This is because this file includes a reference to the org.apache.commons.dbcp.BasicDataSource bean that implements the javax.sql.DataSource interface, and therefore turns on the auto reconfigure feature. This feature is very helpful because it enables developers to deploy to AppFog without changing a single line of code. AppFog supports more auto recon figure features for Spring applications for other services such as MongoDB, Redis, and RabbitMQ. There are a couple of requirements to enable auto reconfigure on AppFog, and they are:
- Only one javax.sql.DataSource bean definition should be allowed in the Spring context XML file.
- Only one type of service should be bound. For example, for a relational database, only either one of the bound MySQL or PostgreSQL will enable auto reconfigure.
Disabling auto reconfigure
In some situations, you may not want to use the auto reconfigure feature; for example, you may want to use other database solutions such as MongoDB from MongoLab, MySQL from RDS by Amazon Web Services, or your own database installation on the same infrastructure.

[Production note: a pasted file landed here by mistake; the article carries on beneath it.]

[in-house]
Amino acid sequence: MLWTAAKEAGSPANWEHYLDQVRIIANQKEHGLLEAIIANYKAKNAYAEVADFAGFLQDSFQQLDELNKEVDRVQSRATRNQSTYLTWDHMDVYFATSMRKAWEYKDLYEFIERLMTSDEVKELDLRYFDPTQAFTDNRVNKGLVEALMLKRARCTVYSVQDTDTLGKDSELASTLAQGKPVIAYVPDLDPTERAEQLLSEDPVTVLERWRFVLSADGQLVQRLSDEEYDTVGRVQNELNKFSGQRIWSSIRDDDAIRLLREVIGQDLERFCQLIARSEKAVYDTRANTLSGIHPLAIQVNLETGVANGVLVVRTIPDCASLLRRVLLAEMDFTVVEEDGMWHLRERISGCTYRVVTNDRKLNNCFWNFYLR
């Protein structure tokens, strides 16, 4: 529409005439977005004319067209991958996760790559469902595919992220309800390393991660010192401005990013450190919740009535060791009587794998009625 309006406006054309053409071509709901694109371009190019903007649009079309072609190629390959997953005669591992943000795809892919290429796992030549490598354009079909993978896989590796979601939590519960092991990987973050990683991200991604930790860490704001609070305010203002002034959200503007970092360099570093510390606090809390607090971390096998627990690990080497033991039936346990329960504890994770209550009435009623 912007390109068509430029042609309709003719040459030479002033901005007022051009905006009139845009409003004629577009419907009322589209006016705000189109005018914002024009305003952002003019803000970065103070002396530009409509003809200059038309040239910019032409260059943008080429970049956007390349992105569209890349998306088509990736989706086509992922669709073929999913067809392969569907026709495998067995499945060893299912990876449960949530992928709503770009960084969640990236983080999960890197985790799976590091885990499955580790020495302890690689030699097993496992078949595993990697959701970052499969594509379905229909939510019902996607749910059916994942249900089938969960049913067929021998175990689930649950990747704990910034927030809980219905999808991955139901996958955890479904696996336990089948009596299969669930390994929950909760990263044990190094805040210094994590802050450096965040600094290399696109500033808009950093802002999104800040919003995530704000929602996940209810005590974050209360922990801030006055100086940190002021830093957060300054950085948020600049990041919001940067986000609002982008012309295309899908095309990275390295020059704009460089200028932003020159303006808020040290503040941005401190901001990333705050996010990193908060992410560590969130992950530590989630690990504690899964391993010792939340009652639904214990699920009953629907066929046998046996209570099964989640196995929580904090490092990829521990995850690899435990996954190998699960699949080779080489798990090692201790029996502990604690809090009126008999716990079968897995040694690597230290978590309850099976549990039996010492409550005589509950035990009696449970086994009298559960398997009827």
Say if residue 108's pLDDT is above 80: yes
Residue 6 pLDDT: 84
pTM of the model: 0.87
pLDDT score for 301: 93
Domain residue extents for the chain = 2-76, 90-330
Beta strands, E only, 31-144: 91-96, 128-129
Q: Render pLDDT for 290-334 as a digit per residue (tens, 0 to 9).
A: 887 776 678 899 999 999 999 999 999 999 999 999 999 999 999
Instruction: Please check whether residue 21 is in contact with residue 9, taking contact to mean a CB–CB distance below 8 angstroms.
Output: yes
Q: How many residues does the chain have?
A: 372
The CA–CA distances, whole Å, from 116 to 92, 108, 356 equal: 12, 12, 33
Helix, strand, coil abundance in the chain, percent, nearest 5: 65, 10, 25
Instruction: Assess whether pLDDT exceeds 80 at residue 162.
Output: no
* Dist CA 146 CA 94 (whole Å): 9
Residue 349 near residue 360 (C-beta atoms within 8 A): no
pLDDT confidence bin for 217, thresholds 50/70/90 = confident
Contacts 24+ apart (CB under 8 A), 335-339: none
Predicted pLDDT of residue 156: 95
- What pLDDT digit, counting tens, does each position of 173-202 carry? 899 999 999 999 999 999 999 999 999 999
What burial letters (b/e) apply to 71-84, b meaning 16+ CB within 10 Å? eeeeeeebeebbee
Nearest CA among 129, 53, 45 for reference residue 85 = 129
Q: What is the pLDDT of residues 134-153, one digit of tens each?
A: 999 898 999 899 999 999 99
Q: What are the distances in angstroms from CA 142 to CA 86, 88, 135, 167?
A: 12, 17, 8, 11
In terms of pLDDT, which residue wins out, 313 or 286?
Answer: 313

Java Spring application
If you don't want to enable the AppFog auto reconfigure feature for your Java Spring application while creating the project, you can just select JavaWeb instead of choosing Spring.
Ruby on Rails
If you do not want to enable the AppFog auto reconfigure feature for your Rails application database, you can disable it easily by creating a new file config/cloudfoundry.yml and then add the following line to disable the auto reconfigure feature:
So all in all, AppFog's auto reconfigure feature is a great time-saving option that allows you to deploy your app without even knowing the details involved, and you still remain in control, so if you don't want to use it you can just disable it as we have seen earlier.
If you are dealing with any sensitive information such as login credentials or credit card information, then having SSL is essential. SSL encrypts your data before it is sent, which can prevent man-in-the-middle attacks, where people intercept the data that otherwise would be transferred in plain text.